She Saved Her Best for Last
She'd been raised to despise them, and despise them she did
The Orthodox, be they modern or old-fashioned, and the Chassidim
She'd grown up loathing their Sabbath and their dietary restrictions
Their clinging to hoary customs and rites, like ritual circumcision
She was enlightened and educated, cultured, sophisticated, so unlike them
She had a college degree, a home in the suburbs, wore nice skirts with a hem
So it was like a stab in the back when her firstborn son announced
That the faith of his forefathers he was simply not going to renounce
And as he delved deeper into the Holy Books with each passing day
She bemoaned and bewailed his predilection to learn Talmud and pray
Turning away from the prospect of respectable profession, of solid success
To pursue a life of righteous sanctity, religiosity, of ill-fitting dress ...
To make a long story dramatic, her son became quite the religious fanatic
And she despised him for it, in a manner knee-jerk, automatic
Until he promised never again to mention to her the slightest thing Jewish
While she, for her part, would stop behaving impossibly shrewish ...
They maintained this uneasy truce for decades on end
Enabling them to spend time together as friends
Till one day he got a call that she was near the end of the line
So he rushed out to be with her for the very last time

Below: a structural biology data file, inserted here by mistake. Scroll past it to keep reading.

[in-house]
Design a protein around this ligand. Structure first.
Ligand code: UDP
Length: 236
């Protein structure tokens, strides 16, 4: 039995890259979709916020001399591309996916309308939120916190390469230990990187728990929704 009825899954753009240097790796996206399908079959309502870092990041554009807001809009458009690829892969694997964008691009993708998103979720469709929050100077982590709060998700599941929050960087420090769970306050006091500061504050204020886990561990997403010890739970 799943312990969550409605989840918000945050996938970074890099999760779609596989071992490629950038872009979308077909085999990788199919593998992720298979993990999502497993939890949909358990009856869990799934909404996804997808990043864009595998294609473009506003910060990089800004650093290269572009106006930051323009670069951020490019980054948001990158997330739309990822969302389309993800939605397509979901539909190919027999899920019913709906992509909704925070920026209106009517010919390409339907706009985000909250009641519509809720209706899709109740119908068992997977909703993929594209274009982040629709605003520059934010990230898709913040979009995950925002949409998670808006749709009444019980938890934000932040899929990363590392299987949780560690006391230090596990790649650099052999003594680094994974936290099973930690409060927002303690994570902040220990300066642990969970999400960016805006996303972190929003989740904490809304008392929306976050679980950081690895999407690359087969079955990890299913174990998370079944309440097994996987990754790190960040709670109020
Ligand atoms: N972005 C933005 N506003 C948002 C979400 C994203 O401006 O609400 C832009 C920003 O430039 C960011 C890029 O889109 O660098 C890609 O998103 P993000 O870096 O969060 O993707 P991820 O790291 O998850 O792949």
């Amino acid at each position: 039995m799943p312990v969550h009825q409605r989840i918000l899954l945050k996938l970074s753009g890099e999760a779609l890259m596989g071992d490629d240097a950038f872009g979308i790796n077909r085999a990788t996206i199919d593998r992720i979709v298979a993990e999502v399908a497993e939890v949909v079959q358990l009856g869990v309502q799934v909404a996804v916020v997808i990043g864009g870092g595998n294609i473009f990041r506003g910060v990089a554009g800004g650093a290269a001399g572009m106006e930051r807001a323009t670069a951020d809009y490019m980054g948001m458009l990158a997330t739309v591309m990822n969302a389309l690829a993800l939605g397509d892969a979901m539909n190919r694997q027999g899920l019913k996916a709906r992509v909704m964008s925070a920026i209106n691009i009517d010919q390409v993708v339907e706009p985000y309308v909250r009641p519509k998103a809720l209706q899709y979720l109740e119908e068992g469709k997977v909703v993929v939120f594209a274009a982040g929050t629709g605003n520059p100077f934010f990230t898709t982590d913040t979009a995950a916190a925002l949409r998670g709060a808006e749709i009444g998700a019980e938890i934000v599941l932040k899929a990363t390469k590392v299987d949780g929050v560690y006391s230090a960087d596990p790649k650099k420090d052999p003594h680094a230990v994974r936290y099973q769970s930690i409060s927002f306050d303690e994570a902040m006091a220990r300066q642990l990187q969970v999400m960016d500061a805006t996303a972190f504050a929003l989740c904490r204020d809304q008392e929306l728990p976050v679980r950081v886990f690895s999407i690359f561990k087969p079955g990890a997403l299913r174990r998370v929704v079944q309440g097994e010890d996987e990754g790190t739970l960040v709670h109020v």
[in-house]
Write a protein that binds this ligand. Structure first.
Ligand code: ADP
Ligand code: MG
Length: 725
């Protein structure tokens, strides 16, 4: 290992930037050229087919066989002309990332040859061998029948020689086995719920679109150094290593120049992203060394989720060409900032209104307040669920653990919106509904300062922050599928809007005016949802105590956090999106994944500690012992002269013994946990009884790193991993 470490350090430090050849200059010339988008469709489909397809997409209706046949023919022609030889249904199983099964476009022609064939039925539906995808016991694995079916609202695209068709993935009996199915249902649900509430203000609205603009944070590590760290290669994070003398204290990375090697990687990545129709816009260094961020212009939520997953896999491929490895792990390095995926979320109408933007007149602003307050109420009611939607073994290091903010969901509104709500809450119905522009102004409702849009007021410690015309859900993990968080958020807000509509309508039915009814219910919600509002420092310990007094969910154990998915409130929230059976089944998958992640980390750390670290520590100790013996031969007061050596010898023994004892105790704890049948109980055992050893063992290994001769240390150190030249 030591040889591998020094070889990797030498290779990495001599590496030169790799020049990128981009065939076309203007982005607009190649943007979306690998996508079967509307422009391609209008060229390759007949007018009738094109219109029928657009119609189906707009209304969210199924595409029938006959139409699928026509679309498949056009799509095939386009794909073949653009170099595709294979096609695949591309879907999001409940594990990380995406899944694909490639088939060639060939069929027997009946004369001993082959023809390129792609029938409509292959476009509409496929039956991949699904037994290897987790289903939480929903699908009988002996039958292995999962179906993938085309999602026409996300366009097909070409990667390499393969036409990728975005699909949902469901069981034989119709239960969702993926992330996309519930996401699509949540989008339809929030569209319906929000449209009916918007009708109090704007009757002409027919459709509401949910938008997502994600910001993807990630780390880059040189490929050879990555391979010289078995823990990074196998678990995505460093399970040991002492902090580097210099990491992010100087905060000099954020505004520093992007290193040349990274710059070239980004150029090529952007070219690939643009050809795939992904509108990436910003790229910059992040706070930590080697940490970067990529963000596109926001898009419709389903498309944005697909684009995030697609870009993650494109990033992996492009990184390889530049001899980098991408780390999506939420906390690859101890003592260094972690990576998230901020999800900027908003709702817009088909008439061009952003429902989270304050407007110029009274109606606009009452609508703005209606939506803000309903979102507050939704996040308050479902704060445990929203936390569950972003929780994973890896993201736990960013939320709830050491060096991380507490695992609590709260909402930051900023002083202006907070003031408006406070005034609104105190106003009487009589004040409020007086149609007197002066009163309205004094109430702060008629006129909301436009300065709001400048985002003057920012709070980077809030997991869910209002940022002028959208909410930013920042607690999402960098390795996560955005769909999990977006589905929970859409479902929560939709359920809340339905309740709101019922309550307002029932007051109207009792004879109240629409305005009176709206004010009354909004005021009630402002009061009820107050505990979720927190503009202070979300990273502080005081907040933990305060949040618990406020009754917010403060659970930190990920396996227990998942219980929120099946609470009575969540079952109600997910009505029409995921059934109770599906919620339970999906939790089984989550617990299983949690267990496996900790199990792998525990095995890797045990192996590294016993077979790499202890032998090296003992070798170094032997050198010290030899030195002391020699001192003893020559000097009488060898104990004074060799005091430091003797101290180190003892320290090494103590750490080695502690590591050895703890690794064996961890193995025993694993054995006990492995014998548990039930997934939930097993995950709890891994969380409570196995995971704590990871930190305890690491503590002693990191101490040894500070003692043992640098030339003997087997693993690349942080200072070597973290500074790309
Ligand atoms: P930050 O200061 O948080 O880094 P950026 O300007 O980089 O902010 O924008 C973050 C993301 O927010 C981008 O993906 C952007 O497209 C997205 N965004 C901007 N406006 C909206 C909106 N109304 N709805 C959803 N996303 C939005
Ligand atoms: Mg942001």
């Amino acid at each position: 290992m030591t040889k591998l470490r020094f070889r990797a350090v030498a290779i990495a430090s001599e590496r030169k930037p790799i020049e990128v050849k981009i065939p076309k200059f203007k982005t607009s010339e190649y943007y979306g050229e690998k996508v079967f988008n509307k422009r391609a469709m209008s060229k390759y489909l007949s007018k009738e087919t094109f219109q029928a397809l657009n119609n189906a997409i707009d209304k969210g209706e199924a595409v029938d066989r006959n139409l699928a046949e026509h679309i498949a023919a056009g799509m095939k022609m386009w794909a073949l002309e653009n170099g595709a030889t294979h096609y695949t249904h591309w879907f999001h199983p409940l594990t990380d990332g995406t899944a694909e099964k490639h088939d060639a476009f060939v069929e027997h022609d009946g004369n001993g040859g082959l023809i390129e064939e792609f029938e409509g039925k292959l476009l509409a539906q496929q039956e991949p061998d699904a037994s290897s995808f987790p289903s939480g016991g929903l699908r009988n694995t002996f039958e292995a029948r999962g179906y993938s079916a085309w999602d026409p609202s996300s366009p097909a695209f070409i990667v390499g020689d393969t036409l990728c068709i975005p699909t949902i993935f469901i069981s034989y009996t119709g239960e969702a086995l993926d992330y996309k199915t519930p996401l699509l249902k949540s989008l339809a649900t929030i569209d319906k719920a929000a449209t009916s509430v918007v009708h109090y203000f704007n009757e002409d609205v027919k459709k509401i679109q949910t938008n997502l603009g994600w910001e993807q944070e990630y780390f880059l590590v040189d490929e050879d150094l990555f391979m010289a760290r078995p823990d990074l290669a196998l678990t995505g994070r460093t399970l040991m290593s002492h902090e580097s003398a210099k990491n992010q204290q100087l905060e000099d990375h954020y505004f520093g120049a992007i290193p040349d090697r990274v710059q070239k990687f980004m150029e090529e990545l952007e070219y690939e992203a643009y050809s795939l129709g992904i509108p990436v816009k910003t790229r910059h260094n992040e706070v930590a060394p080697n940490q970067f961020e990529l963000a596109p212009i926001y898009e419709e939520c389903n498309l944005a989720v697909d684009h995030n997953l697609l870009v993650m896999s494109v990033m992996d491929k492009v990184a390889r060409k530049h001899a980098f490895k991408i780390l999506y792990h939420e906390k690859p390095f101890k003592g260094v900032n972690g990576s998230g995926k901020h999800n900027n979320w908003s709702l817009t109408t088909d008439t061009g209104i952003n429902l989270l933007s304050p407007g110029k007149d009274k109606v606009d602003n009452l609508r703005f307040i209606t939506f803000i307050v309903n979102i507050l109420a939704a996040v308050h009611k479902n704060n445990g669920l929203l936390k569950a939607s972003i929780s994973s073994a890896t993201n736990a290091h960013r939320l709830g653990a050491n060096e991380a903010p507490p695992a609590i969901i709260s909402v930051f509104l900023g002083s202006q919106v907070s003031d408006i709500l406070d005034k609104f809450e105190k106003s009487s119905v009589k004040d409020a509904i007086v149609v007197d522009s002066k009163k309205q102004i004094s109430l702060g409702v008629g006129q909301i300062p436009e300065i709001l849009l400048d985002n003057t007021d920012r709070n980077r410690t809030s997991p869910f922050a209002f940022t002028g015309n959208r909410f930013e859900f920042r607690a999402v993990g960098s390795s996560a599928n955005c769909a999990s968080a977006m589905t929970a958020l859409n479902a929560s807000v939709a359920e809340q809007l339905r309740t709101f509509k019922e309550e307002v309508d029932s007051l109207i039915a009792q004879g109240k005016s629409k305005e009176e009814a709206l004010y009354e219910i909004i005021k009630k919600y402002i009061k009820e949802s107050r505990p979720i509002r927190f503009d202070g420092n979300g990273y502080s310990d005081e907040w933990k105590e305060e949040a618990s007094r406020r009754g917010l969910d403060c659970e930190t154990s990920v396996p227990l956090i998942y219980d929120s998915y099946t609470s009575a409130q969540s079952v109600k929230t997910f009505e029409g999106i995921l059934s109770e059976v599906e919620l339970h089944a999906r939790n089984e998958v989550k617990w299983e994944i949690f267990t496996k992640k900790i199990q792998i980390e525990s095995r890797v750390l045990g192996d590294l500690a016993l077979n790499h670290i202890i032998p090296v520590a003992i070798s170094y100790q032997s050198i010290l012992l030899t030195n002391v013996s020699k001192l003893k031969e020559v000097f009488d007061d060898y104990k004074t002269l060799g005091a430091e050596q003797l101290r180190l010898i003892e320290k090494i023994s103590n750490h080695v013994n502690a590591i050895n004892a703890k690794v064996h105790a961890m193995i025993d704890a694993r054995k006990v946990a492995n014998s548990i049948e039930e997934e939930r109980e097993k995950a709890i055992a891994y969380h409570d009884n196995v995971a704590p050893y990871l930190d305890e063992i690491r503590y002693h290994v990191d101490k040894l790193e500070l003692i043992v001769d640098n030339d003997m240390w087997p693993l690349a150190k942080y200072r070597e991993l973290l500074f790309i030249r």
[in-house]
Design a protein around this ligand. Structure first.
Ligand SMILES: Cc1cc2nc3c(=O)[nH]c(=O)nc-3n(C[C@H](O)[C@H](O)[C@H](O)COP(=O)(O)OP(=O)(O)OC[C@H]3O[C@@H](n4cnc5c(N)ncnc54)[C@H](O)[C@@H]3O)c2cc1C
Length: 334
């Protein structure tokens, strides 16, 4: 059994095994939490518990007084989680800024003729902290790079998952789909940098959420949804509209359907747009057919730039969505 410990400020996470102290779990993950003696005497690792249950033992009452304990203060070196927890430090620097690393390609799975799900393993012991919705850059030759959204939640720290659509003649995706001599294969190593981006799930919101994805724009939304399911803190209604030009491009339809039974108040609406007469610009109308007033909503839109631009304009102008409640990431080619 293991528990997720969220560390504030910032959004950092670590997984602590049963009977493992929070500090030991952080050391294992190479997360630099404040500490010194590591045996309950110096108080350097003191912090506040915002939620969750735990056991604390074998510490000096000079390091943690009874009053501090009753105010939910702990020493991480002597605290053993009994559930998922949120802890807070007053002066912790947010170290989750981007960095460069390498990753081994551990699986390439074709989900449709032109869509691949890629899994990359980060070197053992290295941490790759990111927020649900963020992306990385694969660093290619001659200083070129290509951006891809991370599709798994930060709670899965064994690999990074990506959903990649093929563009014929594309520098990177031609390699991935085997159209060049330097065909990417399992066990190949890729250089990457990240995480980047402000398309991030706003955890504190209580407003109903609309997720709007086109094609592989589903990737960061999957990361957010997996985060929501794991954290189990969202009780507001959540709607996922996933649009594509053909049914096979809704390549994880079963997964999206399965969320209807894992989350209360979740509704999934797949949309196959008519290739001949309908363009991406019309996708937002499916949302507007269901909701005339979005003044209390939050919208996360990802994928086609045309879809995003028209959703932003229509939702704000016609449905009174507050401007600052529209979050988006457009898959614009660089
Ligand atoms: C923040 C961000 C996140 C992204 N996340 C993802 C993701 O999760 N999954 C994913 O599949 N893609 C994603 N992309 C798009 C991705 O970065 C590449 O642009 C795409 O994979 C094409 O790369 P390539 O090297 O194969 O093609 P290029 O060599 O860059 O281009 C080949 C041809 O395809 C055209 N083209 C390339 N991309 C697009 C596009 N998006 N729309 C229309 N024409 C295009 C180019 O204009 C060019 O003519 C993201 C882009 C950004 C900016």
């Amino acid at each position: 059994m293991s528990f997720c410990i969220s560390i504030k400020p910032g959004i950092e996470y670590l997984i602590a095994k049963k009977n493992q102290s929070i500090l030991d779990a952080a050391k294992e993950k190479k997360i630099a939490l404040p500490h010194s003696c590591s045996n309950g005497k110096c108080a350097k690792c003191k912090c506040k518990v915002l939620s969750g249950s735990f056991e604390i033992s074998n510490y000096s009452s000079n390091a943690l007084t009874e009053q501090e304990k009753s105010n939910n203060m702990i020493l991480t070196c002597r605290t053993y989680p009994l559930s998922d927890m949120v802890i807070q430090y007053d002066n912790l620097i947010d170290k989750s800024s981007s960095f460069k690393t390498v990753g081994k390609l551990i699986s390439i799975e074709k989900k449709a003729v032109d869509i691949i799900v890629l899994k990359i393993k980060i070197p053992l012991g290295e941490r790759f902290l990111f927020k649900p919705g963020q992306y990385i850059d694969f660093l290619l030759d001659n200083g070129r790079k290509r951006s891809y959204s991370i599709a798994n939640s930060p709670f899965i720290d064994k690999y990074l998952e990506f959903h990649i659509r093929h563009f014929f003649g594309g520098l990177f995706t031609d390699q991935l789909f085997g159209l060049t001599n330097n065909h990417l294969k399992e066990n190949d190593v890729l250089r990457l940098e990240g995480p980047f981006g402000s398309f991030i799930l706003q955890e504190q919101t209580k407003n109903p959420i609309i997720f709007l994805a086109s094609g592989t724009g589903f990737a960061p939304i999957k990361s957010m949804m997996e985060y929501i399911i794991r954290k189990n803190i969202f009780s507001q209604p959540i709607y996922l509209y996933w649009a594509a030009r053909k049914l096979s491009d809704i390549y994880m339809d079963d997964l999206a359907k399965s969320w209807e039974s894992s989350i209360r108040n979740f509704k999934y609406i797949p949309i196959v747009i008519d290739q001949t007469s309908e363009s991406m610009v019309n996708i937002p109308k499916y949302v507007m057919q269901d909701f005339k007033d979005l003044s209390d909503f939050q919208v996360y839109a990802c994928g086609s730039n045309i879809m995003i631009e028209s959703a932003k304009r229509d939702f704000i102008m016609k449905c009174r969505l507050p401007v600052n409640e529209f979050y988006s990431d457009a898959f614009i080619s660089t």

Body withered, she lay pale and drawn, her voice almost gone
The room was deathly hot, against a winter's Friday afternoon
As she nodded off fitfully, he realized that he'd have to leave soon
Leaving her with her caretaker Sabbath night through the emergence
of Saturday evening's stars and moon
Her poor stomach was blocked; she couldn't eat or drink a thing
Her only sustenance, ice chips, which her caretaker would bring
He stood there, pondering her hospital room ---
When from his mouth tumbled these words (Would they seal his doom?)
"Why, Mom, the laws of Sabbath you can keep; it'll do you good."
Though as soon as he'd said them, his heart turned to wood
"What have I done?!" he thought. 'Twas his Mom's dying day!
Upon his return Saturday night, there'd surely be hell to pay ...
After the Sabbath he tiptoed into her room, queasy with trepidation
Braced for the worst, anticipating her imminent imprecations ---
But she turned toward him slowly, a warm glow, a shine on her face
Proudly told him, "I kept the Sabbath!" ~ then departed the human race
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Copyright © Gershon Wolf | Year Posted 2018